Notes from reading: What I Talk About When I Talk About Running by Haruki Murakami

 This book “What I Talk About When I Talk About Running” is collection of his daily entry of Haruki Murakami . He tries to connect his regular running habit and its learning to his way of life.  

He traveled all the way to Athens and on a humid day made run to Marathon village all by himself in heat and traffic. [super crazy :)]

These are some notes from the book:

  • Pain is inevitable. Suffering is optional. Say you’re running and you start to think, Man this hurts, I can’t take it anymore. The hurt part is an unavoidable reality, but whether or not you can stand any more is up to the runner himself.
  • To keep on going, you have to keep up the rhythm. This is the important thing for long-term projects. Once you set the pace, the rest will follow.
  • I just run. I run in a void. Or maybe I should put it the other way: I run in order to acquire a void.
  • Human beings’ emotions are not strong or consistent enough to sustain a vacuum.
  • Growing older and slowing down are just part of the natural scenery.
  • You can’t please everybody.
  • When you’re young, you really need to prioritize in life, figuring out in what order you should divide up your time and energy. If you don’t get that sort of system set by a certain age, you’ll lack focus and your life will be out of balance.
  • I’m no great runner, but I’m definitely a strong runner. The more I ran, the more my physical potential was revealed.
  • Life just isn’t fair, is how it used to strike me. Some people can work their butts off and never get what they’re aiming for, while others can get it without any effort at all. But even in a situation that’s unfair, I think it’s possible to seek out a kind of fairness.
  • Human beings naturally continue doing things they like, and they don’t continue what they don’t like.
  • No matter how strong a will a person has, no matter how much he may hate to lose, if it’s an activity he doesn’t really care for, he won’t keep it up for long. Even if he did, it wouldn’t be good for him.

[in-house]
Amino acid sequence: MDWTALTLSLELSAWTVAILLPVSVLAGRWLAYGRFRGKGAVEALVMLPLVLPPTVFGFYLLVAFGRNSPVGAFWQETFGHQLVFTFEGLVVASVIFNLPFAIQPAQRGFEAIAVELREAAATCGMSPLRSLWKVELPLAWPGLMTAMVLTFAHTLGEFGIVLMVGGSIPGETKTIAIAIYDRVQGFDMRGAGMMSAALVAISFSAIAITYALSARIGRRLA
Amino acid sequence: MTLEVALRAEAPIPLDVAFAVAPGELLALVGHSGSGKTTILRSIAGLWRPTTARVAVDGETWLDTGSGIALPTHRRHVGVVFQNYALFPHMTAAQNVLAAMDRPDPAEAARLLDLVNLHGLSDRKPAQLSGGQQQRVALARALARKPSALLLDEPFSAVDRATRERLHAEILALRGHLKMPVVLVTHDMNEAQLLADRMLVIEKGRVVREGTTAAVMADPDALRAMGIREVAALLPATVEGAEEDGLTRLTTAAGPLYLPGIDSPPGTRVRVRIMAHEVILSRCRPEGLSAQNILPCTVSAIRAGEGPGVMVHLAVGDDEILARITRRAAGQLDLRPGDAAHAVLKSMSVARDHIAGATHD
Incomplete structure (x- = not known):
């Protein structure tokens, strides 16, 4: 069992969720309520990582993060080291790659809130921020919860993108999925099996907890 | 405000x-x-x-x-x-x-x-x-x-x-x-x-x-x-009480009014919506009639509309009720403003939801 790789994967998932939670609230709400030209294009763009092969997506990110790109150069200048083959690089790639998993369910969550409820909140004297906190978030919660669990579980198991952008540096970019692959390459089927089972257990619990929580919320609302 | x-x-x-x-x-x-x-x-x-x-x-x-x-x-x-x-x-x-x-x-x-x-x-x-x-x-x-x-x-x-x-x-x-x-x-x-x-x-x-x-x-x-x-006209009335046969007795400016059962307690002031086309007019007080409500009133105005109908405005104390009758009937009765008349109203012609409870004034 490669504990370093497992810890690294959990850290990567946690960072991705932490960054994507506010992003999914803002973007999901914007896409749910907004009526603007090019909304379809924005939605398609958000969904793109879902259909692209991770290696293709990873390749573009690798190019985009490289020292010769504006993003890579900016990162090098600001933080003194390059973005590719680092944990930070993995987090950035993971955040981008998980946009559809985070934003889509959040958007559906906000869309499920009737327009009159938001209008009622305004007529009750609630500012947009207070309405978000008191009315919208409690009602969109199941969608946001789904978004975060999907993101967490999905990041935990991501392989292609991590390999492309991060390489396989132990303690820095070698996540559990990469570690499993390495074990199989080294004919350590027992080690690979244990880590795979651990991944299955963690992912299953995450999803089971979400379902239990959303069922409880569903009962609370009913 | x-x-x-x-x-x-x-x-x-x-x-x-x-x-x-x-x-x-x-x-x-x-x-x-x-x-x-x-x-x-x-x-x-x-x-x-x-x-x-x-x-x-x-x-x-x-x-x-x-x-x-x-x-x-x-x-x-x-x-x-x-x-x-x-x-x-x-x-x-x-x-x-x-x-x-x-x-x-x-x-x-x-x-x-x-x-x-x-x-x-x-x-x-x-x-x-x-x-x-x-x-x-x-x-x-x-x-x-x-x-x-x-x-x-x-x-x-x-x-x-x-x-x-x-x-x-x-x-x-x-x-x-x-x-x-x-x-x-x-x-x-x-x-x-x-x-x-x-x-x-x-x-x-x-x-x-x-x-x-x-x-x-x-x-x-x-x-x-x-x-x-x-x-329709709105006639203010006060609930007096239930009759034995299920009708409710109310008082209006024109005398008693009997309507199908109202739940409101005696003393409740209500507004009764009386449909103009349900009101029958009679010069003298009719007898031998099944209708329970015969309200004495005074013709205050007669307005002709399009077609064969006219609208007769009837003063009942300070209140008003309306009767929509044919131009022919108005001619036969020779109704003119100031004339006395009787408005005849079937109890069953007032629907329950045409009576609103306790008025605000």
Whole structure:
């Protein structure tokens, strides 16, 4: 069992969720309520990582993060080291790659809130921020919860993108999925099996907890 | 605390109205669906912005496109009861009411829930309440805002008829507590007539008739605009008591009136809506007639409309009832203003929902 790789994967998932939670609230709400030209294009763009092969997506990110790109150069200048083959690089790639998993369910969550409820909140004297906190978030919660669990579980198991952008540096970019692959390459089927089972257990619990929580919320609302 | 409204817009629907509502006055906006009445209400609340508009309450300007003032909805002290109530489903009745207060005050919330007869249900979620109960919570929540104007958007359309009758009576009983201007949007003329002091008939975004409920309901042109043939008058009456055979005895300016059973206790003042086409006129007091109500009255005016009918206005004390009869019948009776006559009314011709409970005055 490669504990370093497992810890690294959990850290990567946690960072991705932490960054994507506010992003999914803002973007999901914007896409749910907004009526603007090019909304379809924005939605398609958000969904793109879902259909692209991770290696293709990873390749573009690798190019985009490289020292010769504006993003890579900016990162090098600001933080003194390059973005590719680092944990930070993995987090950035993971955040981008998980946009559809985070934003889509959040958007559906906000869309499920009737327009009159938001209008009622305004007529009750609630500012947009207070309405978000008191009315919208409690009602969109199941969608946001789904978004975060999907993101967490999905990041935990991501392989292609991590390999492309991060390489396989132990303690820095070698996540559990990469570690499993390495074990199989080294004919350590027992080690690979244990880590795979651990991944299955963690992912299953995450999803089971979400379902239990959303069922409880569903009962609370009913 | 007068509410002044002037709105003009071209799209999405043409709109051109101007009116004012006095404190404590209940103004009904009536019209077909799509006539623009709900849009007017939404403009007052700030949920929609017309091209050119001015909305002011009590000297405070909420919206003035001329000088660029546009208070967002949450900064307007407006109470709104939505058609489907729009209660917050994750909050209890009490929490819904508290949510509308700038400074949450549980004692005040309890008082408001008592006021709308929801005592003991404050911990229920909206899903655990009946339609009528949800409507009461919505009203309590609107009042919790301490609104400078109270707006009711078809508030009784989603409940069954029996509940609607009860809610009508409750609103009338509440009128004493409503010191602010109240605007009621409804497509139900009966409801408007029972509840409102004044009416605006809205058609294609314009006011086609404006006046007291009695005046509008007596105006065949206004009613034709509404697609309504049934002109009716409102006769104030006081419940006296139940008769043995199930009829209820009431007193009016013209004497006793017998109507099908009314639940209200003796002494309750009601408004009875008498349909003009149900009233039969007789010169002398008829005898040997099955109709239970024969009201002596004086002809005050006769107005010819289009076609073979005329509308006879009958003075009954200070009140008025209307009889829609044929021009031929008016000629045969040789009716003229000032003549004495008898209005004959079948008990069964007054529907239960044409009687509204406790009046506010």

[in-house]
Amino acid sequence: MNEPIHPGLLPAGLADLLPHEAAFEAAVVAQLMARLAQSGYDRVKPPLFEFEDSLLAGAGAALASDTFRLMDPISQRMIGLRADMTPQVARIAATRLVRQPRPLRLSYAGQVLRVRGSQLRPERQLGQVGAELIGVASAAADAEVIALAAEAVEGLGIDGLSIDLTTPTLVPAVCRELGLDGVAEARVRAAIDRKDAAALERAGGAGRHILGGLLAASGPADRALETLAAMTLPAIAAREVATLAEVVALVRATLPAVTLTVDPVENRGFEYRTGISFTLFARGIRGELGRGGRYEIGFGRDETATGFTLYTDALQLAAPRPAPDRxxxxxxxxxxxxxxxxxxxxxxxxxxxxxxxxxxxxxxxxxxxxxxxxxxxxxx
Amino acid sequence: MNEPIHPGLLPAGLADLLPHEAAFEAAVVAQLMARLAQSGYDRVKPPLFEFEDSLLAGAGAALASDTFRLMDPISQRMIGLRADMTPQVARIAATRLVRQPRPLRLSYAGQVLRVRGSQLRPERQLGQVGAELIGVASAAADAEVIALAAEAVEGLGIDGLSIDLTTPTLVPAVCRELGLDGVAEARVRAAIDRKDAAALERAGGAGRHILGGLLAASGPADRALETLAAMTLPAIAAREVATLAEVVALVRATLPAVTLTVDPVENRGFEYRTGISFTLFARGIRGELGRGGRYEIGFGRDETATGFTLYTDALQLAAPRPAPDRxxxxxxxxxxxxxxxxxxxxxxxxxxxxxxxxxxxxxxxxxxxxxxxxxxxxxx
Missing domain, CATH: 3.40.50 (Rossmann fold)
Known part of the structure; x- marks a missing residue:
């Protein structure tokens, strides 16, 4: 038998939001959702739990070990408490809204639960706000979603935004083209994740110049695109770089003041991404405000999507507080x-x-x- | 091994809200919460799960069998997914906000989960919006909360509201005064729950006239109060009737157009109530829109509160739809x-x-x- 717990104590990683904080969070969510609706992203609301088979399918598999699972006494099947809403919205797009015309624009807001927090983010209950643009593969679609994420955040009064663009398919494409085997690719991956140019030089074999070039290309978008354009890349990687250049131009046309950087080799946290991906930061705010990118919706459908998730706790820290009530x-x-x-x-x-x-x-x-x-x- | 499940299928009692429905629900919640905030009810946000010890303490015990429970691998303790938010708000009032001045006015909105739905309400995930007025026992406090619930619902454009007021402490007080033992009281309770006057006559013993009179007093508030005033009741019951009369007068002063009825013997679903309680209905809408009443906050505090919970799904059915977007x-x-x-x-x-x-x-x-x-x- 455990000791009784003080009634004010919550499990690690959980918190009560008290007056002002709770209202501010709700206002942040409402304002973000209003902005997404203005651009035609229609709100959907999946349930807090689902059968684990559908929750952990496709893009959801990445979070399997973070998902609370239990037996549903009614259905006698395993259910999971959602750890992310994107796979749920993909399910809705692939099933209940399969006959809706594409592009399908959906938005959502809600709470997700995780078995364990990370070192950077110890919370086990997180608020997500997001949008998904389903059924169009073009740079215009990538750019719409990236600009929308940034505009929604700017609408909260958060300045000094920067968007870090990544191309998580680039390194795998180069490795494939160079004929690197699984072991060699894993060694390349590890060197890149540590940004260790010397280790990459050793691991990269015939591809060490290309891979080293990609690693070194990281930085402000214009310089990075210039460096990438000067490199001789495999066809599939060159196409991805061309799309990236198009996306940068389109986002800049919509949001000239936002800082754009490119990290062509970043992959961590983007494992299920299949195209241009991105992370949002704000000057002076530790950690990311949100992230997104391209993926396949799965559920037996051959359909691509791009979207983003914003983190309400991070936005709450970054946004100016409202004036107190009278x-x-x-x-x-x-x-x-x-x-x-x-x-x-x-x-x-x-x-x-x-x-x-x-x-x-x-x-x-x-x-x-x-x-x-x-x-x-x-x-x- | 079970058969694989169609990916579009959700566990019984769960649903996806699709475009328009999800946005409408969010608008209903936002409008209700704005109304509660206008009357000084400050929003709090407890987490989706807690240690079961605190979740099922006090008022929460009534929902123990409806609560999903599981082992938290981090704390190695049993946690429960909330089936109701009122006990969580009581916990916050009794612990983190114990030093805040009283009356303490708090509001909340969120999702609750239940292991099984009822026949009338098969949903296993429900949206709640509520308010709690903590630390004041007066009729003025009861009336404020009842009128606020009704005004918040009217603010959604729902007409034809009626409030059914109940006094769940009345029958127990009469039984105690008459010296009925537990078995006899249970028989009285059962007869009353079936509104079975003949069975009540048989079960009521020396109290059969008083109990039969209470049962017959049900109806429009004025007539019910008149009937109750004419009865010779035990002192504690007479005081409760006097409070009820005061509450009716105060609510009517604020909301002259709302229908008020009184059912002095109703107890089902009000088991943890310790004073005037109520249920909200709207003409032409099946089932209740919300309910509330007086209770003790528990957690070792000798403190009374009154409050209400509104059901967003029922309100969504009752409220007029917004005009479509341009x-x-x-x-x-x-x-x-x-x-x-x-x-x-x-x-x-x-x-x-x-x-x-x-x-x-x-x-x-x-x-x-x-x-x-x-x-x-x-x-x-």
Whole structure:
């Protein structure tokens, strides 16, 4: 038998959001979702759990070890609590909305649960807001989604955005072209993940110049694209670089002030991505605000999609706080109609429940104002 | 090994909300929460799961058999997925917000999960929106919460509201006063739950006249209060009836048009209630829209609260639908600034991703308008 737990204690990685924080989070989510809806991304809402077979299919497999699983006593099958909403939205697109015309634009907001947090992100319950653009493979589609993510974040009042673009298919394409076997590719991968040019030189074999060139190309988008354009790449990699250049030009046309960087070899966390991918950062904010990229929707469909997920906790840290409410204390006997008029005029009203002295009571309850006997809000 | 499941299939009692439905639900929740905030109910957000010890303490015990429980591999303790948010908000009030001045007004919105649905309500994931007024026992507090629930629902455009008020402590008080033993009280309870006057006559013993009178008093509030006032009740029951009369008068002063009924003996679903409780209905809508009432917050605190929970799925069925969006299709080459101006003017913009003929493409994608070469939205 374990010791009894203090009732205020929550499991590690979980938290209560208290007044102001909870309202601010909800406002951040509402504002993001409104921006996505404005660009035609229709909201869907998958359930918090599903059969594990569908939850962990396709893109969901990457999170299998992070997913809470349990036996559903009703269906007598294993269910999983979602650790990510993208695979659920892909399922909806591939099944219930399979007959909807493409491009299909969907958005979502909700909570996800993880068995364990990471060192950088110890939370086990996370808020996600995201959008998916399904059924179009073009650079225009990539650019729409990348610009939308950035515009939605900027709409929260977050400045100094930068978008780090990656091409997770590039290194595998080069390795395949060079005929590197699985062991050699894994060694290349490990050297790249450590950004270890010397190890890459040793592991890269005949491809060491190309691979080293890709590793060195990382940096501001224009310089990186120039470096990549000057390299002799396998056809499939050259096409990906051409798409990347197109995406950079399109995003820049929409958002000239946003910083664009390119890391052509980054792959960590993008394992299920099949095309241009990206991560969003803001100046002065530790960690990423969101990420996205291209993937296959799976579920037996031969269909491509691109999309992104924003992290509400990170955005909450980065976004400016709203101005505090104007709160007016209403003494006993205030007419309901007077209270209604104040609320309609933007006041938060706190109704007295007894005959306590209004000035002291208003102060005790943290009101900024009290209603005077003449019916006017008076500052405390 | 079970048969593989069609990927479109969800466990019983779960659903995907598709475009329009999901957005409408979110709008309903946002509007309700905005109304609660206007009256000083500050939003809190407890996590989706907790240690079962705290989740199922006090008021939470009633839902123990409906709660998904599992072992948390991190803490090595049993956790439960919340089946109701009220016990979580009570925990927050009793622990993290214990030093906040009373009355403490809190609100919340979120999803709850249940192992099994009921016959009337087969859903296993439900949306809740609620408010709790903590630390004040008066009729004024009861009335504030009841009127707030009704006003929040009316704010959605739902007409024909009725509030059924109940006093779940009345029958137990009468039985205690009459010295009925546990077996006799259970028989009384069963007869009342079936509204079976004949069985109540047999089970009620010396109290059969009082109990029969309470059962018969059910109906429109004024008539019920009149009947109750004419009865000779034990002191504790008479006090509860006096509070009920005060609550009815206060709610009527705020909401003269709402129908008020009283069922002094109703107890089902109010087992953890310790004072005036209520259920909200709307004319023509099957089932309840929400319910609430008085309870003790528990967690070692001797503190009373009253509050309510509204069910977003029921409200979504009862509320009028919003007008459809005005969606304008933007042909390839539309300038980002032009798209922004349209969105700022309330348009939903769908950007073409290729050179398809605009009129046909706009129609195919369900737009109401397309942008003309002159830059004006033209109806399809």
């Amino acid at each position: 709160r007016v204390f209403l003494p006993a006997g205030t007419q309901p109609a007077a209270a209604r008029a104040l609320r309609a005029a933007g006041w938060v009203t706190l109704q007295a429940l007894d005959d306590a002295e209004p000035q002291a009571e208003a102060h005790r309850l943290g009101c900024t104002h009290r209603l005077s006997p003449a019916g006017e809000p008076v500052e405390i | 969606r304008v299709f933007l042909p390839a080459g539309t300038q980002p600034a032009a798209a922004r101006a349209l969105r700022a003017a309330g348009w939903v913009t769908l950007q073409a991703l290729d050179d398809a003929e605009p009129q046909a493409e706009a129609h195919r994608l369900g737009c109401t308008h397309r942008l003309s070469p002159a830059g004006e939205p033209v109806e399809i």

• I don’t think we should judge the value of our lives by how efficient they are.
  • The body is an extremely practical system. You have to let it experience intermittent pain over time, and then the body will get the point. As a result, it will willingly accept (or maybe not) the increased amount of exercise it’s made to do.
  • Nobody’s going to win all the time. On the highway of life you can’t always be in the fast lane.
  • Nothing in the real world is as beautiful as the illusions of a person about to lose consciousness.
  • The most important quality a novelist has to have is: talent, focus, endurance, patience .
  • Most runners run not because they want to live longer, but because they want to live life to the fullest.
  • People have certain inborn tendencies, and whether a person likes them or not, they’re inescapable. Tendencies can be adjusted, to a degree, but their essence can never be changed.
  • As you age you learn even to be happy with what you have. That’s one of the few good points of growing older.
  • If something’s worth doing, it’s worth giving it your best—or in some cases beyond your best.
  • To deal with something unhealthy, a person needs to be as healthy as possible.
  • In most cases learning something essential in life requires physical pain.
  • If pain weren’t involved, who in the world would ever go to the trouble of taking part in sports like the triathlon or the marathon, which demand such an investment of time and energy? It’s precisely because of the pain, precisely because we want to overcome that pain, that we can get the feeling, through this process, of really being alive—or at least a partial sense of it.